Rebuilt titles are cars from other states that do not recognize a car as fully totaled. If the repair work is proper and the car meets spec from the manufacturer then it is as good as a car that has had an accident. Most owners keep these cars but some are total losses from the insurance and rebuilt to spec. These are on you to prove they are good. So the seller can be asked up front are these a fully factory spec vehicle. If he says yes get that in writing. These can be good if they are done right. Get it in writing.

In my opinion, as a owner of a salvaged title vehicle if you do your research on the person selling the vehicle such as talk to people who know them and the qualitiy of work they do you can get a pretty good deal. Yes, the vehicle no matter how new will not be covered by any manufacturer warranty. The guy I bought mine from let me drive it for 2 weeks before i bought it. I am a dealership mechanic so one saturday i took it into the shop and went through it top to bottom, threw it on the alignment machine all looked good. Now you may not be a mechanic but you could take it somewhere before you buy it and have it checked out, if he wont agree to that then i wouldnt buy it. I was looking for a good car for a decent price, i looked at several cars w/o a salvage title that were absolute junk at a higher price. Keep in mind I bought mine from someone who has done this for his living for going on 25 years, if he wasnt good at it he wouldnt have been around this long and I talked to no less than 5 people who had dealings with him and not one bad word to say about him. I usually dont buy a vehicle thinking about what the trade in value is, i usually drive the wheels off of them, for example my vehicles have 260,000/175,000/143,000 and the salvage title vehicle which i bought for my daughter just rolled over 100,000. Having said all that there are people out there that do crappy work and buy cars to rebuild that were so bad off they should have been crushed and made into beer cans. Anyway thats my 2 cents.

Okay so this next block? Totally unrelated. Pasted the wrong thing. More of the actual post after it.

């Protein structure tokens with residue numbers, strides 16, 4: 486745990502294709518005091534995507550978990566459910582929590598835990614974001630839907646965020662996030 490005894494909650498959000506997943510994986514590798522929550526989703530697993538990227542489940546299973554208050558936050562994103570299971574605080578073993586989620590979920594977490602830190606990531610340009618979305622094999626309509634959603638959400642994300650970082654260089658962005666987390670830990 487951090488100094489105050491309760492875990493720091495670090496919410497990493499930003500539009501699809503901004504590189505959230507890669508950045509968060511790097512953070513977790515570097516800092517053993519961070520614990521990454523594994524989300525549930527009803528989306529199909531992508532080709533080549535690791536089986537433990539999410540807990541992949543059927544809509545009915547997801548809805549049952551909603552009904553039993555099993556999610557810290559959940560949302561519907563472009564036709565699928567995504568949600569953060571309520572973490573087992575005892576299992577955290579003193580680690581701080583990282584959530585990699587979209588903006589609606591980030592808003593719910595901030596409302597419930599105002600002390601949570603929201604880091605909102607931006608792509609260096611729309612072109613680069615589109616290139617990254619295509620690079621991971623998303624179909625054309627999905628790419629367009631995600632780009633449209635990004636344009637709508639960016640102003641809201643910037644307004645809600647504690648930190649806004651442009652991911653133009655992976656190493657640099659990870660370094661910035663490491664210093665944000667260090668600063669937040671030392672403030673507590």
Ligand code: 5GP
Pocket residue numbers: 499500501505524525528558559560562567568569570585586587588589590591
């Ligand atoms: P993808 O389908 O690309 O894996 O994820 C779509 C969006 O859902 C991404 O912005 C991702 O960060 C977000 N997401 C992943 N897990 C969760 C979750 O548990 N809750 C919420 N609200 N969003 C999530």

The OP said “Thanks, I’m an accountant and know NOTHING about cars!!”

That tells me there’s no way they should try and figure out whether a crash damaged car is a ‘good deal’. Just find a good used car, no crash issues.

I had a former colleague, a single woman, who is now deceased. She was very tight with her money and she bought used cars with salvage titles. She claimed that the cars were “like new”. What I observed was that the cars she bought rusted very quickly. We both drove our cars in the same climate. I had an 1978 Oldsmobile Cutlass and she had an Oldsmobile Cutlass at least 10 years newer. Mine showed no rust and hers became a rust bucket rather soon after she bought it. Now I don’t know what other problems she had and she replaced the car with a Buick LeSabre with a salvage title. She died quite suddenly while she still owned the Buick, so trade-in value wasn’t a problem for her. However, I really don’t think the risk of a salvage or rebuilt titled vehicle is worth the chance.

texases you are correct and i pointed out what they could do in my post. i said they could take it and have it checked out and not to buy it if the seller wouldnt agree to that. i wasnt telling them to buy or not to buy just giving as i said my two cents .

I understand, but in her shoes I wouldn’t buy it, even if it passed an inspection. Once there’s an accident, damage can be in places impossible to see with just an inspection. Just not worth the risk to me.

wow -

thanks all!! Lots of good info.

OK4450 asked about prices.

09 Outback, rebuilt title, 22K mile, asking $16,000
09 Outback, clean title, but “subframe” damage, 8K miles, asking $23,000. Which TOTALLY doesn’t make sense, since a new 13 off the lot is only $26,000.